If you’re someone who follows the news, you’ve likely heard about the Target hack. Several years ago, right around Christmas, hackers were able to gain access to the store’s systems and steal customers’ credit card information. It was a PR disaster for the retailer.

There was also the time when a North Korea programmer attacked Sony.

A statement from the FBI indicated that malicious actors were responsible for the cyberattack, with the intention of causing harm to financial institutions, entertainment companies and in some cases, defense contractors. One of the attacks involved was done with the intention of extorting money from the well-known entertainment company.

An equally famous attack involved happened in 2016, when hackers were able to initiate a fraudulent bank transfer to the tune of $81 million.

Yet hackers don’t always choose to target multi-million-dollar companies. Sometimes, they target individuals.

Several years ago, there was a movie that highlighted how every-day normal citizens are victimized. As part of the plot, a housewife had struck up an online friendship with a man she met online. The woman had a sick child, and the man she was corresponding with claimed his son had the same ailment.

At some point in time during their correspondence, he sent her a file attachment; and while the file seemed secure enough (it was a photo of his “son”), what she didn’t realize was that the file contained a virus, which gave the man access to her computer. He was able to track her keystrokes and in a few short days, had access to her bank account info.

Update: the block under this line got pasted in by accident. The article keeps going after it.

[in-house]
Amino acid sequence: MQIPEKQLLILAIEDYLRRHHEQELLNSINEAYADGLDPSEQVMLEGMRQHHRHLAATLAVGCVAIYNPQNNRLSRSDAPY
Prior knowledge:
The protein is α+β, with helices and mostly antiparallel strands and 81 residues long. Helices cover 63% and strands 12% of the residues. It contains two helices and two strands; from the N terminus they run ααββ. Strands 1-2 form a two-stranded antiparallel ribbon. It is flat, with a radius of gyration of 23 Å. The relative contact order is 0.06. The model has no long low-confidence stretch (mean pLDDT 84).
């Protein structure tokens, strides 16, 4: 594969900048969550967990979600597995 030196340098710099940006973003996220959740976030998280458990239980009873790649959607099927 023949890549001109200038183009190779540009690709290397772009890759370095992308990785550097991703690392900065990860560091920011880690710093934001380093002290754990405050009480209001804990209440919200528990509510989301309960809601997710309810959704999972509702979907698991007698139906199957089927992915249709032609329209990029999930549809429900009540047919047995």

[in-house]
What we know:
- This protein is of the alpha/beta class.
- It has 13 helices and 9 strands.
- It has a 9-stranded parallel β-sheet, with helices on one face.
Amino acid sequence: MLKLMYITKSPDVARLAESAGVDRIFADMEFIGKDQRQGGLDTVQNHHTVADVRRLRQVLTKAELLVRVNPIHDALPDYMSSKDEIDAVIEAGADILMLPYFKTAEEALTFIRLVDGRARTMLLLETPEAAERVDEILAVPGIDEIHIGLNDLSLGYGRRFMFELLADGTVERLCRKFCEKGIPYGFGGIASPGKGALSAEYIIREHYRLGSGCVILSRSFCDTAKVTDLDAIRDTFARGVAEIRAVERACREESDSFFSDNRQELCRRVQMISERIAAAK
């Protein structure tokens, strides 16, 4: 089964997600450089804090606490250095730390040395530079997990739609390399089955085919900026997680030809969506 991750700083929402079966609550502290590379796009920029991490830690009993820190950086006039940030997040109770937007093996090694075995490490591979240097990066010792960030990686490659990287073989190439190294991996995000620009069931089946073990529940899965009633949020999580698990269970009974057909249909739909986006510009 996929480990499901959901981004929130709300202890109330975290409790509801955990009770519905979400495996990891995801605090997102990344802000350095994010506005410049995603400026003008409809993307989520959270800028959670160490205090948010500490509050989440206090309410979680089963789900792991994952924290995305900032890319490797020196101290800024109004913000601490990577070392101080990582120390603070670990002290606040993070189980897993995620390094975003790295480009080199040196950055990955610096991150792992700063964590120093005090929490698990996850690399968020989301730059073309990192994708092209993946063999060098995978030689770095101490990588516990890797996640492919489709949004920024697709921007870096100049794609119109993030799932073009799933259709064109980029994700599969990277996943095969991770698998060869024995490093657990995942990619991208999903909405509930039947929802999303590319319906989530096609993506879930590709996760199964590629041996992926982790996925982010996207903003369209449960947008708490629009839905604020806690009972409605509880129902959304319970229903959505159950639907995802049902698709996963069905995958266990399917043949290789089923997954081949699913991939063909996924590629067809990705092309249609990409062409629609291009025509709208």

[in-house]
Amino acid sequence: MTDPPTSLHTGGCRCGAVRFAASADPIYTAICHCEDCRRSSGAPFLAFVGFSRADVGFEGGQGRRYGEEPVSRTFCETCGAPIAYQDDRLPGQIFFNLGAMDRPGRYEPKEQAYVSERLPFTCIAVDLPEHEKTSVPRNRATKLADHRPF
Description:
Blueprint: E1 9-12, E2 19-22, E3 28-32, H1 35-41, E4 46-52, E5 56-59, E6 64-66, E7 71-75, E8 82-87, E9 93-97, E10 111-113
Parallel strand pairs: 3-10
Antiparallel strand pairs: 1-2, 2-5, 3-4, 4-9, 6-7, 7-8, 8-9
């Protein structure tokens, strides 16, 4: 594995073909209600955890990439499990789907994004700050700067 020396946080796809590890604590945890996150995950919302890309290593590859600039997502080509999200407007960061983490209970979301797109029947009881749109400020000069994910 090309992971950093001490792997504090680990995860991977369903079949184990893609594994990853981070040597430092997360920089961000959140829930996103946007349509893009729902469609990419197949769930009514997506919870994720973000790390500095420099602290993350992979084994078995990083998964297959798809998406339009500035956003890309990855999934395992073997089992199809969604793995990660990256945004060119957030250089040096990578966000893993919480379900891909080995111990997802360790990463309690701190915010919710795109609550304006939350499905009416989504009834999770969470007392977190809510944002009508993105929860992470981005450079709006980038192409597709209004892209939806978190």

The account was later cleaned out.

Malware comes in all shapes and sizes

Sometimes, viruses delete or corrupt files. They often spread uncontrollably. The most common way people wind up with computer viruses involves opening up an executable file. If you get an email from someone you don’t know or don’t trust, and the email includes a file attachment, don’t open it.

Adware is also a problem. If you’re at your computer and you suddenly find yourself bombarded by a million pop-ups, adware is likely the culprit.

What to do if you’re infected

Removing viruses and malware isn’t impossible, but it can be tricky for the average person. If you don’t uninstall it properly, you could find yourself dealing with even more problems.

If you’re not a computer person, that’s OK. At Rocky Mountain Computer Specialists, we have years of experience in helping people just like you with problems just like this. Trust us, we’ve seen it all.

Although the best protection from malware involves taking steps to make sure you don’t get infected (antivirus software is a good first step), there are times when even the most cautious computer users find themselves dealing with a problem.

If you have questions about the types of steps you should be taking to protect yourself from computer viruses and malware, or you’re interested in learning more about how antivirus software and/or  a VPN can help give you an extra layer of protection, call us today and we’ll be happy to speak with you.